Bonds across the globe came under pressure as interest rates moved higher and inflation expectations rose in anticipation of accelerating growth. The speed and magnitude of the move in interest rates seem to be the main story this quarter, which was reflected in first quarter bond returns. In fact, asset manager Blackrock published research stating that the first-quarter of 2021 was the second worst start for bonds going back 95 years, with only 1980 registering the worst return at almost -9%. Near-zero interest rates leave little cushion for investors to absorb interest rate shocks as low bond coupon rates typically help to mitigate interest rate volatility.  However, the ten-year Treasury has moved from about 0.50% in late August to almost 1.8% this quarter, forcing bond prices lower in a fairly expeditious manner. Most major bond indexes were in low to mid-single digits in the quarter, with long-duration government fixed-income indexes down close to -14%. If there’s a silver lining to interest rates going higher, it’s that yields earned on bonds also go higher over time, providing increasing levels of income and future return potential.

Our investment committee is comprised of individuals with deep investment expertise whose gut reaction to “it seems too good to be true” tends to be, “it’s too good to be true.” We are a skeptical lot. So, when it seems as though investment returns are easy to come by, our antennas go up. March 23rd, 2020 marked the low point of the pain we felt in financial markets due to the fallout of Coronavirus. Exactly one year later, the S&P 500 increased 78%, the Russell 2000 increased 120%, while developed international and emerging market indexes were up 66% and 76%, respectively. The eye-popping returns only tell part of the story. In just one short month (from February to March of 2020), the S&P 500 declined close to 34%. As we know from our grade school math, markets must return almost 52% just for investors to get back to even. Looking at just the S&P 500 index, not only did investors get back to even, but they also increased their wealth by almost 20% by staying the course and taking the good with the bad. Inevitably, the best days in the markets are on the backs of the market’s worst days. As Peter Lynch aptly stated, worrying about the markets would have gotten us nowhere but focusing on what we can control—buying high-quality companies at reasonable prices while partnering with capable and like-minded investment managers—is the best formula for long-term investment success.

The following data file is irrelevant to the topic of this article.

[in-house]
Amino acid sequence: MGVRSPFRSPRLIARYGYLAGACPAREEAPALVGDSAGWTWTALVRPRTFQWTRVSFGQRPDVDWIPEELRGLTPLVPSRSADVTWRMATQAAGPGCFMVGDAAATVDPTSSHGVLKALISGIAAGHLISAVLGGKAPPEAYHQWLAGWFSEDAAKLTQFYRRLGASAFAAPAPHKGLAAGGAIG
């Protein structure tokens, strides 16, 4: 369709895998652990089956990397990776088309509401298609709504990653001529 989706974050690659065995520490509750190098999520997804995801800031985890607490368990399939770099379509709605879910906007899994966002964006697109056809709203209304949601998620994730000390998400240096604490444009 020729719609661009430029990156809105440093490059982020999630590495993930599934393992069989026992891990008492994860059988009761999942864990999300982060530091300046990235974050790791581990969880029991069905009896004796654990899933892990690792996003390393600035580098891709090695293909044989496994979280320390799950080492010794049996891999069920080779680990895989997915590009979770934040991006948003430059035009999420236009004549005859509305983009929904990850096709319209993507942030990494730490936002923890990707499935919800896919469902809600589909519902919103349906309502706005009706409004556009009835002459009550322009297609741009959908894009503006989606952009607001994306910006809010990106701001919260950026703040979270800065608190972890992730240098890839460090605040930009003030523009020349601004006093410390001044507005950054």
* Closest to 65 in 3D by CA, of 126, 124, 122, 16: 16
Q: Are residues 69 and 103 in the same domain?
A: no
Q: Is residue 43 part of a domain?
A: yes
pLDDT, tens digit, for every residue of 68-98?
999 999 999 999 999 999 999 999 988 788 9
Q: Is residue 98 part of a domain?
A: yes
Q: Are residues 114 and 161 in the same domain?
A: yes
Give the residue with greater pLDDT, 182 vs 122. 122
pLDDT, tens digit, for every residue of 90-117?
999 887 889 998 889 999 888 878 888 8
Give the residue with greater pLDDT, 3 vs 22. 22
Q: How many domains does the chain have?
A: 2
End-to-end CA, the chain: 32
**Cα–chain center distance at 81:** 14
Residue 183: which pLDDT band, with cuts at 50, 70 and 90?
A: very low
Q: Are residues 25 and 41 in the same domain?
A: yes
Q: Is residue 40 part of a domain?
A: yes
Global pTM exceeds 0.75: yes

While it was a market indigestion level that makes even professional investors wince, it is even more justification as to why we create globally diversified portfolios for clients. By not suffering the full brunt of a market downturn, our ability to participate in the inevitable upside in financial markets helps us turn “one step back” into “two steps forward.” While we would not be surprised to see markets correct in the near term given the returns we have experienced over the past year, what will not surprise us is the way in which resiliency and perspective is built into client portfolios. We thank you for your continued trust and support of Madison Wealth Management. And we are here for you.

Important Note: This material is for informational purposes only and is not intended to serve as a substitute for personalized investment advice or as a recommendation or solicitation of any particular security, strategy or investment product. Madison Wealth Management does not provide tax, legal or accounting advice. © Madison Wealth Management 2021